4. The existence of things is important in convincing people of the rightness of the ideas they represent: if people can live the experience of the co-operative, see and feel the benefits of it, they'll come to see it as the best way to do things, and this way of thinking will extend to how they and others operate in society in general. It's also why I believe the monarchy needs to be abolished: not just because of itself, but because if you have an actual, working model of an institution that tells people that it is right that certain people should be born into a life of privilege, wealth, and status guaranteed by law, then you have a working demonstration of the idea that some people are just better than others, and by extension, should automatically have more rights and power than those others, and BOOM: you have a class system. If society is run as on a co-operative basis at all levels, in all fields of life, then the idea of social contribution and participation, and therefore social cohesion, gets a lot closer.

5. Politics does not begin and end at the ballot box. It's about people's lives, it's in everything we do, but people don't vote or get involved because they've been told it's a whole separate thing that only certain people talk or think about, like it's a special field of interest. Co-operatives mean constant involvement, constant investment, without having to do anything more than just get on with everyday life.


One of the biggest reasons why I'm not a fan of the Labour Party is their failure to build the co-operative movement. In truth, it's like they've just forgotten it, and yet it's one of the most quintessential models of what socialism is (there was some noise about Stella Creasy being assigned the job of working on promoting and setting up co-ops, but there's been fuck-all since). Instead, they're happy to just toddle along with the misconception that it's just about government provision and the welfare state, and contest these ideas every four or five years, hoping that the public might be in the right mood. It's in keeping with the party's history of rank betrayal almost every time they had the power to change things for the good of the people they claim to represent, and a big part of that is because either they don't know their own politics, or they've just given too much ground away to capitalists out of fear of being "unelectable".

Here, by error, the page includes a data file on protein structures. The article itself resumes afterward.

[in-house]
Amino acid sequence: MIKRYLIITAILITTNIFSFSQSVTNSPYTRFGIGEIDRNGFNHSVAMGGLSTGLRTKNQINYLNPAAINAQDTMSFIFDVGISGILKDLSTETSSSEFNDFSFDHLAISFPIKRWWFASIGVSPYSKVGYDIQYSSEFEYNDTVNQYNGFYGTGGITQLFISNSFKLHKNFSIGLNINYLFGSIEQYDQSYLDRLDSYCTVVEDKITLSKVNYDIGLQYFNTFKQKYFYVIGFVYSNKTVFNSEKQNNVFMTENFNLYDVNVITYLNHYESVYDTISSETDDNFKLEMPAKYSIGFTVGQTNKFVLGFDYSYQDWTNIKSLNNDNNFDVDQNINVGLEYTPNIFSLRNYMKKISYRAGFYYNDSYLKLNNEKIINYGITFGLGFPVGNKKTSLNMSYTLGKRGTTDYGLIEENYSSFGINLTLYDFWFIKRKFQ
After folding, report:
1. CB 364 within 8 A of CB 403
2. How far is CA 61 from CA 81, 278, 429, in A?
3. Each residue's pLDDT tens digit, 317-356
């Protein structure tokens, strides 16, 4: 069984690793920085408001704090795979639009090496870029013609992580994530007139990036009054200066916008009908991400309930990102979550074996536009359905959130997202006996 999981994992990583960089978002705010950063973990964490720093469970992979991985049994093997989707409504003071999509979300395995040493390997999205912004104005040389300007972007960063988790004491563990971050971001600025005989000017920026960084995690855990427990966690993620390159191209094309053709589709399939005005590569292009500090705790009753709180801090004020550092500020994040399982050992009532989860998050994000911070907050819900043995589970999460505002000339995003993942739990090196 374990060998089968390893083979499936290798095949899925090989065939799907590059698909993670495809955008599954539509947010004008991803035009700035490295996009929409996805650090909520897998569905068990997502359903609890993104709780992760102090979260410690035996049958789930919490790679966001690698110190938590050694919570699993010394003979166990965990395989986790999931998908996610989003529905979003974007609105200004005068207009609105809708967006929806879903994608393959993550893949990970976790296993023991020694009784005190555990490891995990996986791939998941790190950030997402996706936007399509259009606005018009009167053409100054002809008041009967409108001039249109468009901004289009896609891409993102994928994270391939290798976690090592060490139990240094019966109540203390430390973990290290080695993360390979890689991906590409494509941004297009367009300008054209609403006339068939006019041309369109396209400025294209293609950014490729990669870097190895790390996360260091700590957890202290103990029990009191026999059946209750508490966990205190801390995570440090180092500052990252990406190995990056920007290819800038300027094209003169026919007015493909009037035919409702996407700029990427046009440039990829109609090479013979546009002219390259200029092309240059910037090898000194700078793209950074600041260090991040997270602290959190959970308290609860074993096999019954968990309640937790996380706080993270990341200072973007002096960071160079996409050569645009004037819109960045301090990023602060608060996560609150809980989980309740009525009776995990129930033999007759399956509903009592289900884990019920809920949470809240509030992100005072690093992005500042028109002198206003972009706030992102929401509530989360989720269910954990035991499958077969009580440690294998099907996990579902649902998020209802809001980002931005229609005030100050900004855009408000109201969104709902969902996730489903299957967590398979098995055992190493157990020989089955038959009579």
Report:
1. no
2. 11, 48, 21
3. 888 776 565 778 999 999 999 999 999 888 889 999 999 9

What boils my piss more is that the Labour Party is, in some constituencies, merged with the Co-operative Party - hell, Starmer is a Labour & Co-op MP - and yet even the Co-op Party section, who have a different HQ, can't be fucking bothered.

Back in 2019, @Chris B, myself, and a number of other people from our local community set up a co-op bookshop - we had public meetings, elected a board of trustees to manage it, set in place a constitution to govern it by, and all of this with extensive help from Co-operatives UK. It's gone from strength to strength since then, moving from temporary premises to a much bigger, better-situated place, and it's even done well during the pandemic, with our bookshop manager delivering ordered books to the local community, and putting together school library supply programmes.

My dad (who's on the board) called the Co-Operative Party  HQ several times to ask them for help or involvement, and the one time that someone actually picked up the fucking phone, they didn't know anything about the subject, nor did they know someone who did. Fucking state of it.


Anyway, apologies for the long post.


1. Set up co-operatives.

2. ???

3. Profit.

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17 hours ago, neil said:

I have a crush on Alexandra Ocasio-Cortez.

Turns out it's Alexandria and not Alexandra. That may well just be an autocorrect on your part, but it's something I didn't realise until very recently.

Edited by Chest Rockwell
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I don't see the virtue in differentiating between left and right when both hands are extending from the same trans-dimensional shape shifting lizard.